Stringari J, Nunes AK, Franco JL, Bohrer D, Garcia SC, Dafre AL, et al. Prenatal methylmercury exposure hampers glutathione antioxidant system ontogenesis and causes long-lasting oxidative stress in the mouse brain. Toxicol Appl Pharmacol. 2008;227:147–54.PubMedCrossRefGoogle Scholar
  14. 14.
    WHO. The Global Advisory Committee on Vaccine Safety, Statement on thiomersal. http://www.who.int/vaccine_safety/topics/thiomersal/statement_jul2006/en/index.html; 2006.
  15. 15.
    Maier SE, Cramer JA, West JR, Sohrabji F. Alcohol exposure during the first two trimesters equivalent alters granule cell number and neurotropin expression in the developing rat olfactory bulb. J Neurobiol. 1999;41:414–23.PubMedCrossRefGoogle Scholar
  16. 16.
    Bellinger FP, Bedi KS, Wilson P, Wilce PA. Ethanol exposure during the third trimester equivalent results in long-lasting decreased synaptic efficacy but not plasticity in the CA1 region of the rat hippocampus. Synapse. 1999;31:51–8.PubMedCrossRefGoogle Scholar
  17. 17.
    Silva JE, Leonard JL, Crantz FR, Larsen PR. Evidence for two tissue-specific pathways for in vivo thyroxine 5′-deiodination in the rat. J Clin Invest. 1982;69:1176–84.Google Scholar
  18. 18.
    Nguon K, Baxter MG, Sajdel-Sulkowska EM. Perinatal exposure to polychlorinated biphenyls differentially affects cerebellar development and motor functions in male and female rat neonates. Cerebellum. 2005;4:112–22.PubMedCrossRefGoogle Scholar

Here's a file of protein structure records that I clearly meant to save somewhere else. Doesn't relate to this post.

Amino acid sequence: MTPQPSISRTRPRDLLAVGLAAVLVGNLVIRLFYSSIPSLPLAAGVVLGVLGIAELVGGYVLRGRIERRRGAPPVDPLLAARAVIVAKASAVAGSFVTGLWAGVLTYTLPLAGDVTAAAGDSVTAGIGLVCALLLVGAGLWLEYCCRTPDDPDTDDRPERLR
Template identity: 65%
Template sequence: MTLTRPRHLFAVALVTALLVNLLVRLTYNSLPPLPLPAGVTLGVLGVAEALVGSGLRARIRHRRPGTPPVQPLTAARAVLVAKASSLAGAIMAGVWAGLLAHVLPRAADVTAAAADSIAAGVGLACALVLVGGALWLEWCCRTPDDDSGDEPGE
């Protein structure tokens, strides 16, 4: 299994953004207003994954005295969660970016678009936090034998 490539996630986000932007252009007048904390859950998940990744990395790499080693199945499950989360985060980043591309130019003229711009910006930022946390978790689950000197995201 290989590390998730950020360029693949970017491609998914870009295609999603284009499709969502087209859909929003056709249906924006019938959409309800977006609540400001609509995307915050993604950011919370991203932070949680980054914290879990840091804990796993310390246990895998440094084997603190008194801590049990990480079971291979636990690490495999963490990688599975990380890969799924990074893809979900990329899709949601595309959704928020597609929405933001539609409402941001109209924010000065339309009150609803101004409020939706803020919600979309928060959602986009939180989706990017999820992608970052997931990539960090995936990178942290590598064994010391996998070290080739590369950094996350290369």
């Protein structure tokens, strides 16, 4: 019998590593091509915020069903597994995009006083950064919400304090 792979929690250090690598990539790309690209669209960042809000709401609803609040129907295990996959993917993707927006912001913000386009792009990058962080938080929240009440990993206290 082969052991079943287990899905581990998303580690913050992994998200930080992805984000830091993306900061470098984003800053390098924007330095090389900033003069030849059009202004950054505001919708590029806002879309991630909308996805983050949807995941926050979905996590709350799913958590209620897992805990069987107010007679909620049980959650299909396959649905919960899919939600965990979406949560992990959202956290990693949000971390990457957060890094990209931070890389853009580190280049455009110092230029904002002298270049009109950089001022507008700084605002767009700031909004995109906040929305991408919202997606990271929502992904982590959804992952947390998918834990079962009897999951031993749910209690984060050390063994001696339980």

19. 19.
    Sajdel-Sulkowska EM, Nguon K, Sulkowski ZL, Rosen GD, Baxter MG. Purkinje cell loss accompanies motor impairment in rats developing at altered gravity. Neuroreport. 2005;16:2037–40.PubMedCrossRefGoogle Scholar
  20. 20.
    Sajdel-Sulkowska EM, Lipinski B, Windom H, Audhya T, McGinnis W. Oxidative stress in autism: cerebellar 3-nitrotyrosine levels. Am J Biochem Biotechnol. 2008;4:73–84.CrossRefGoogle Scholar
  21. 21.
    Zavacki AM, Ying H, Christoffolete MA, Aerts G, So E, Harney JW, et al. Type 1 iodothyronine deiodinase is a sensitive marker of peripheral thyroid status in the mouse. Endocrinology. 2005;146:1568–75.PubMedCrossRefGoogle Scholar
  22. 22.
    Eccles CU, Annau Z. Prenatal methyl mercury exposure: I. Alterations in neonatal activity. Neurobehav Tocicol Teratol. 1982a;4:371–6.Google Scholar
  23. 23.
    Eccles CU, Annau Z. Prenatal methyl mercury exposure: II. Alterations in learning and psychotropic drug sensitivity in adult offspring. Neurobehav Tocicol Teratol. 1982;4:377–82.Google Scholar
  24. 24.
    Morte B, Ceballos A, Diez D, Grijota-Martinez C, Dumitrescu AM, Di Cosmo C, et al. Thyroid hormone-regulated mouse cerebral cortex genes are differentially dependent on the source of the hormone: a study in monocarboxylate transporter-8- and deiodinase-2-deficient mice. Endocrinology. 2010;151:2381–7.PubMedCrossRefGoogle Scholar